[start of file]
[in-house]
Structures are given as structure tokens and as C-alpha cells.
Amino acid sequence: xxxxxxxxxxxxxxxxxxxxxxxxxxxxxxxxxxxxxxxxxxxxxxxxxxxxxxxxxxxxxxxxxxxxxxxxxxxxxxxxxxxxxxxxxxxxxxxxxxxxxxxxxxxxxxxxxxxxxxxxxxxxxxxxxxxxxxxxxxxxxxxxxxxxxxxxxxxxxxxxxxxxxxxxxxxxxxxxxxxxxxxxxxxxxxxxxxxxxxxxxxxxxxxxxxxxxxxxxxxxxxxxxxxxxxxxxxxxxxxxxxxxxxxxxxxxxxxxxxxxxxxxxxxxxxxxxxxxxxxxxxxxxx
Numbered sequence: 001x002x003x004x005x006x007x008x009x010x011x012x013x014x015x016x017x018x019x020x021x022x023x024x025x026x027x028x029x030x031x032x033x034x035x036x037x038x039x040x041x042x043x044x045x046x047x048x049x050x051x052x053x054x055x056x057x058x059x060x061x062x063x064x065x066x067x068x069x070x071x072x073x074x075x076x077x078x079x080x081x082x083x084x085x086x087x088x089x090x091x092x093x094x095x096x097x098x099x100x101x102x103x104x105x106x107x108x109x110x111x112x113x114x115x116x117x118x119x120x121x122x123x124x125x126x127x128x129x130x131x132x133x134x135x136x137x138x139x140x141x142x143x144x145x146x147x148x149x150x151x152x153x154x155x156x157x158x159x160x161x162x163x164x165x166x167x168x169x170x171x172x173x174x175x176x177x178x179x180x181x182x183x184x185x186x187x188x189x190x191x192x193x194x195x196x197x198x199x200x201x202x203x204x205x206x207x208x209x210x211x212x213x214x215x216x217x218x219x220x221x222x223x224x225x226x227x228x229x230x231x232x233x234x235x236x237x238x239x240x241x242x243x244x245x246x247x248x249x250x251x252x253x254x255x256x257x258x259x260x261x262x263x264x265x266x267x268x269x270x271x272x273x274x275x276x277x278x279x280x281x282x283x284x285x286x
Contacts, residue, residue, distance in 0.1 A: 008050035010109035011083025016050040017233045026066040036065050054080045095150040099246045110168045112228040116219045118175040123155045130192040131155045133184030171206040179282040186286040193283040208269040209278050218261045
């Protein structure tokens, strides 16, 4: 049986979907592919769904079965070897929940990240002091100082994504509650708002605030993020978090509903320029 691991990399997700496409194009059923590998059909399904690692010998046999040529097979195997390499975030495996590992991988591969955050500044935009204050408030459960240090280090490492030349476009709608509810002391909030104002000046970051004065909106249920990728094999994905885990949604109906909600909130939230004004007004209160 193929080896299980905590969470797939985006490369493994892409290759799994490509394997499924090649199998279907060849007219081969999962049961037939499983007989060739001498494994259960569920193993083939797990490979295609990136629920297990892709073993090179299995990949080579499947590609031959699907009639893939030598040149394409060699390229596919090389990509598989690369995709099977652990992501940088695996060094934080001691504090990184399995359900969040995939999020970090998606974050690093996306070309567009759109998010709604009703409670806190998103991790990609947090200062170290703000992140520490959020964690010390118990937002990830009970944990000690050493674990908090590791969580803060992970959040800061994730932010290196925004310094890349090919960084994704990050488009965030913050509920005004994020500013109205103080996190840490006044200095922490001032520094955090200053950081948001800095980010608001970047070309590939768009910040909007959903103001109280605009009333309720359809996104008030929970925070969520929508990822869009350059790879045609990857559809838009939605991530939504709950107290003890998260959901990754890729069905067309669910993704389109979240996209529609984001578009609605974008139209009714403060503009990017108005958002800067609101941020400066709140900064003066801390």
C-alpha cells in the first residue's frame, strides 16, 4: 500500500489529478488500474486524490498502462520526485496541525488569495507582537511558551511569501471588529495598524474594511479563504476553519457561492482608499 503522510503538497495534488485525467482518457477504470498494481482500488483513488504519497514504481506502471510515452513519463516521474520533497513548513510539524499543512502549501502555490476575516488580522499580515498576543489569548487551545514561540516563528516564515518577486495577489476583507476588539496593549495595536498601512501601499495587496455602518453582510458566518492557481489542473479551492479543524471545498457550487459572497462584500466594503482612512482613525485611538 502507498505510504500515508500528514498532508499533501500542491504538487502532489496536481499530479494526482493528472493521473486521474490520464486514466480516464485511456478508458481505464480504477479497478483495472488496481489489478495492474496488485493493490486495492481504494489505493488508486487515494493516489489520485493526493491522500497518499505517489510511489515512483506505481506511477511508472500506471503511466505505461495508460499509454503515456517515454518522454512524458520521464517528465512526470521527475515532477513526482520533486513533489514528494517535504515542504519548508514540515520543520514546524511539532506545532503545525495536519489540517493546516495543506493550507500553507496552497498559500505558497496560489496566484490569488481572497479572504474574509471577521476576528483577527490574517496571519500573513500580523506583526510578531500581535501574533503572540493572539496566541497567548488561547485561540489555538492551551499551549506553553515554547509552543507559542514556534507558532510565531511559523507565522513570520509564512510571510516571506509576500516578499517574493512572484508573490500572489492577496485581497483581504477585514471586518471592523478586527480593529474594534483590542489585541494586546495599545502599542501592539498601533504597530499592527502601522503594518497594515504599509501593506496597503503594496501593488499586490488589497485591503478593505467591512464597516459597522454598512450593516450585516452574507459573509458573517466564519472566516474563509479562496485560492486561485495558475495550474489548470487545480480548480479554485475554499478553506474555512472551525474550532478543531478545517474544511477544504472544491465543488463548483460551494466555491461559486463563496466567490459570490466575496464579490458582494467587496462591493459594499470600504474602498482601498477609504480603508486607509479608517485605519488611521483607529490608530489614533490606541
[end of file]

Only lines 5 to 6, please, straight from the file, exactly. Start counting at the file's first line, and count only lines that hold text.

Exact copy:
Contacts, residue, residue, distance in 0.1 A: 008050035010109035011083025016050040017233045026066040036065050054080045095150040099246045110168045112228040116219045118175040123155045130192040131155045133184030171206040179282040186286040193283040208269040209278050218261045
């Protein structure tokens, strides 16, 4: 049986979907592919769904079965070897929940990240002091100082994504509650708002605030993020978090509903320029 691991990399997700496409194009059923590998059909399904690692010998046999040529097979195997390499975030495996590992991988591969955050500044935009204050408030459960240090280090490492030349476009709608509810002391909030104002000046970051004065909106249920990728094999994905885990949604109906909600909130939230004004007004209160 193929080896299980905590969470797939985006490369493994892409290759799994490509394997499924090649199998279907060849007219081969999962049961037939499983007989060739001498494994259960569920193993083939797990490979295609990136629920297990892709073993090179299995990949080579499947590609031959699907009639893939030598040149394409060699390229596919090389990509598989690369995709099977652990992501940088695996060094934080001691504090990184399995359900969040995939999020970090998606974050690093996306070309567009759109998010709604009703409670806190998103991790990609947090200062170290703000992140520490959020964690010390118990937002990830009970944990000690050493674990908090590791969580803060992970959040800061994730932010290196925004310094890349090919960084994704990050488009965030913050509920005004994020500013109205103080996190840490006044200095922490001032520094955090200053950081948001800095980010608001970047070309590939768009910040909007959903103001109280605009009333309720359809996104008030929970925070969520929508990822869009350059790879045609990857559809838009939605991530939504709950107290003890998260959901990754890729069905067309669910993704389109979240996209529609984001578009609605974008139209009714403060503009990017108005958002800067609101941020400066709140900064003066801390």